Taiwan re-elects leader in rebuke of China
TAIPEI, Taiwan — Voters on this island delivered a stinging rebuke of China’s rising authoritarianism Saturday by re-electing President Tsai Ing-wen, who vowed to preserve Taiwan’s sovereignty in the face of Beijing’s intensifying efforts to bring it under its control.
Tsai’s victory highlighted how successfully her campaign had tapped into an electorate that is increasingly wary of China’s intentions. It also found momentum from months of protests in Hong Kong against Beijing’s encroachment on that semiautonomous Chinese territory’s freedoms.
For China’s ruling Communist Party, the outcome is a display of the power of Hong Kong’s antigovernment protest movement to influence attitudes toward the mainland in other regions the party deems critical to its interests.
China’s authoritarian leader, Xi Jinping, has warned Taiwan that unification between the sides was inevitable. His party has sought to court Taiwanese with opportunities to work on the mainland while isolating Tsai’s administration and said China would use force, if necessary, to prevent the island from taking steps toward formal independence.
The vote, which was a reversal of Tsai’s political fortunes, suggested that Beijing’s pressure campaign had backfired. It could widen the political and cultural gulf across the Taiwan Strait and might raise the specter of armed conflict, which could have implications for the U.S.
In her victory speech, Tsai called for unity as she pledged to work to defend the island’s sovereignty and improve the economy.
“With each presidential election, Taiwan is showing the world how much we cherish our democratic way of life,” she said at a news conference in Taipei. “We must work to keep our country safe and defend our sovereignty.”
The vote drew a large turnout, including thousands who flew home from abroad. Lines of voters snaked through schools and other public spaces.
Willie Yu, 23, who cast his ballot at the Taipei Municipal Jinhua Junior High School, said he had come out to vote because “I hope Taiwan can preserve its democracy and freedom.”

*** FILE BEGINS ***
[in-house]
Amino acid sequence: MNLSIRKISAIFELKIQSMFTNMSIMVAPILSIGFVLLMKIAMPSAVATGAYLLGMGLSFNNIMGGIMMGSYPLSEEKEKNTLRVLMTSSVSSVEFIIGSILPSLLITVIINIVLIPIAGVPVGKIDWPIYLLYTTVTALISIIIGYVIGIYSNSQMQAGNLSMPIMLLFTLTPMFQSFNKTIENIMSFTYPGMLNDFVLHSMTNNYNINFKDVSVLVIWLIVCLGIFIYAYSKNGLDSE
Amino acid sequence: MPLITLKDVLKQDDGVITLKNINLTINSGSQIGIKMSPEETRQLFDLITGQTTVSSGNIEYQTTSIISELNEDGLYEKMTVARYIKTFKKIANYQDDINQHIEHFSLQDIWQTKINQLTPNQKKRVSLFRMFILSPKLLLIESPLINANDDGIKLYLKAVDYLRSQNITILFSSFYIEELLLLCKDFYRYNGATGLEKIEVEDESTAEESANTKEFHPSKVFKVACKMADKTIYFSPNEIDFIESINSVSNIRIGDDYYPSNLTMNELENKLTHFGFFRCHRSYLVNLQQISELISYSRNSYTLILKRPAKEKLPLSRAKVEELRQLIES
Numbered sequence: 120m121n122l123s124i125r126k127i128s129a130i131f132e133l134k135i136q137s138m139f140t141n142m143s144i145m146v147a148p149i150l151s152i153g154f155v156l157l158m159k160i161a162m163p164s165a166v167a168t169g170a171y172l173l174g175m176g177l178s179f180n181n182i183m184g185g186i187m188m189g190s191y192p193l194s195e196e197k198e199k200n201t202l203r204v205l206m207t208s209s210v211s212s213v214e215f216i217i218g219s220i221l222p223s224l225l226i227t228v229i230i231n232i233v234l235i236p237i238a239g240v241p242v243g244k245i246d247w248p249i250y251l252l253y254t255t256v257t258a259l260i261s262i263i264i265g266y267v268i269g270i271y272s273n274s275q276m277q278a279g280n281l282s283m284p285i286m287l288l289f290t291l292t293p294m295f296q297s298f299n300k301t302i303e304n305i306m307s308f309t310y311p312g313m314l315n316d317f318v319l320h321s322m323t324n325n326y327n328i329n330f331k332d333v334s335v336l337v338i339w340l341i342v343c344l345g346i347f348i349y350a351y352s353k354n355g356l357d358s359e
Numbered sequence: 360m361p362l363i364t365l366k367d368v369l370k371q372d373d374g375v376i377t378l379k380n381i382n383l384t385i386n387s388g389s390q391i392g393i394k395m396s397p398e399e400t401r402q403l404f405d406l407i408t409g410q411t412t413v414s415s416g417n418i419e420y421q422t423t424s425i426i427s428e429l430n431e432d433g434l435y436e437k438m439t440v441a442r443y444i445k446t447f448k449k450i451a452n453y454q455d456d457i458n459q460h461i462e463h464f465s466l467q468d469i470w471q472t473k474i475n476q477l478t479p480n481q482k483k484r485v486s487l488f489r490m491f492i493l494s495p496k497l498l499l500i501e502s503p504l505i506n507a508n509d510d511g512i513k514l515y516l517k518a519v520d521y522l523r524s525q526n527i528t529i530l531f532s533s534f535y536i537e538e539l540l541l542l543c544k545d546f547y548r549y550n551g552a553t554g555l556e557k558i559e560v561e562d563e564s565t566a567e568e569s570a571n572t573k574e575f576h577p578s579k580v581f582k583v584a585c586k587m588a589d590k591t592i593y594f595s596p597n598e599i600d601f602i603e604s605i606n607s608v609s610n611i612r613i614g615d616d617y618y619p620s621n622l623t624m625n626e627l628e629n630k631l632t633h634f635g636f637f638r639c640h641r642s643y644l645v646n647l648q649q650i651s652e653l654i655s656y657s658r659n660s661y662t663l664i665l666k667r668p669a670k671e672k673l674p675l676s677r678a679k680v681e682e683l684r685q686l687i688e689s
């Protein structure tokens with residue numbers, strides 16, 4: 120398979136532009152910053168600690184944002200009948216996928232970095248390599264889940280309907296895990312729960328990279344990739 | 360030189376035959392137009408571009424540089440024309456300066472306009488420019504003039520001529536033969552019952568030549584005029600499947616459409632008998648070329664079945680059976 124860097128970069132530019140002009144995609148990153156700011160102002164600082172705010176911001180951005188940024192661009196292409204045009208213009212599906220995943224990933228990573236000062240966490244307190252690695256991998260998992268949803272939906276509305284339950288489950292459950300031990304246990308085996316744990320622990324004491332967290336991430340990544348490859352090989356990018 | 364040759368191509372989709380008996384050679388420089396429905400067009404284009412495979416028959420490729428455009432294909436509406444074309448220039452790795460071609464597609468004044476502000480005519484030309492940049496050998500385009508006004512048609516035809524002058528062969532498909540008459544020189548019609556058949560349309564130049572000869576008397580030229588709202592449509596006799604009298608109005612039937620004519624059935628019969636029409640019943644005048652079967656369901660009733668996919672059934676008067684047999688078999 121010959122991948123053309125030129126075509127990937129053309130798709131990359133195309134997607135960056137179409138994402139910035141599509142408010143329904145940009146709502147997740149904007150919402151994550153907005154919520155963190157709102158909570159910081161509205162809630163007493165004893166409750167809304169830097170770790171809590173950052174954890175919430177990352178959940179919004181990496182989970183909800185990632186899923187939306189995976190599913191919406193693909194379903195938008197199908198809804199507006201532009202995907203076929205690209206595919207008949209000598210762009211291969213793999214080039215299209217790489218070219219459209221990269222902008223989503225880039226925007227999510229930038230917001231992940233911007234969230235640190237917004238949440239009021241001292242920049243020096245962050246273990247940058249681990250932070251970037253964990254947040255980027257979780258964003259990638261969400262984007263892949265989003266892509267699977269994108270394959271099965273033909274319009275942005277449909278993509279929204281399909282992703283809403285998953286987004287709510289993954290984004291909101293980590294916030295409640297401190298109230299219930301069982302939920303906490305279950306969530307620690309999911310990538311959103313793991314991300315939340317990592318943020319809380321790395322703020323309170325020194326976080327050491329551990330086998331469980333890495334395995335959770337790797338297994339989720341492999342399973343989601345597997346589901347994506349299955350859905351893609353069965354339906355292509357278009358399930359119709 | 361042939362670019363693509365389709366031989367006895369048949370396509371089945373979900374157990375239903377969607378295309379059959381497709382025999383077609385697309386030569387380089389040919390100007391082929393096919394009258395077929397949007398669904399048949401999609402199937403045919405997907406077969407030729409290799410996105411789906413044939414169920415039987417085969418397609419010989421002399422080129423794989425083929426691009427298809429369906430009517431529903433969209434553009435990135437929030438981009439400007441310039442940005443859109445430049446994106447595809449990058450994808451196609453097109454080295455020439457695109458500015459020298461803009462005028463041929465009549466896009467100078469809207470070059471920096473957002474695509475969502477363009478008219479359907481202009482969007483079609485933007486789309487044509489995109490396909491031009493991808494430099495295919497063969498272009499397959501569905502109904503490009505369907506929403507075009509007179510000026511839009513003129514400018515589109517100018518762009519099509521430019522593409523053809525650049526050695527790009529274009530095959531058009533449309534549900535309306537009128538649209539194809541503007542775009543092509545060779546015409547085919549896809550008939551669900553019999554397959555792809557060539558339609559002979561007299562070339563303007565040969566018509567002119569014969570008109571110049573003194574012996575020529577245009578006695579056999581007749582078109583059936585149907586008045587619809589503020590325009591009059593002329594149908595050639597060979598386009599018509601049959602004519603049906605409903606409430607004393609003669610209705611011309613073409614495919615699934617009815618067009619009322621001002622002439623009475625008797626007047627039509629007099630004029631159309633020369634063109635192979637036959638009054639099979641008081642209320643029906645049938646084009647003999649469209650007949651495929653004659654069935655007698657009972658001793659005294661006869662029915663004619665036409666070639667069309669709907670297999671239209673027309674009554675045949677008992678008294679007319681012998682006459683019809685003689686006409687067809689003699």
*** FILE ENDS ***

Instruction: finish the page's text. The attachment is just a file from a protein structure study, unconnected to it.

Tsai’s main opponent, Han Kuo-yu, a populist mayor, conceded defeat Saturday evening, saying he had called Tsai to congratulate her on her re-election.
“I can only say that I didn’t work hard enough to live up to everyone’s expectations,” he told his supporters.
During his campaign, Han had pledged to restore closer relations with the mainland but then found himself on the defensive because of China’s increasingly authoritarian actions. Tsai and her supporters had cited the Hong Kong protests as an ominous example of what unification on the Communist Party’s terms would portend for Taiwan’s young and vibrant, if messy at times, democratic society.
“Taiwan must be Taiwan,” Hiro Huang, a 30-year-old filmmaker, said this past week at a rally for Tsai and her Democratic Progress Party. He cited national security and the protection of Taiwan’s sovereignty as the principal reasons for his vote for Tsai.
“After all, we are completely different from the system on the other side,” he added.
In China, a spokesman for the department overseeing Taiwan affairs, Ma Xiaoguang, issued a statement that avoided even mentioning Tsai’s name but warned that Beijing opposed any form of “separatist conspiracy” in Taiwan, the Xinhua News Agency reported late Saturday.
Taiwanese President Tsai Ing-wen celebrates her re-election victory with supporters in Taipei on Saturday. Her government has presided over an improving economy with rising wages.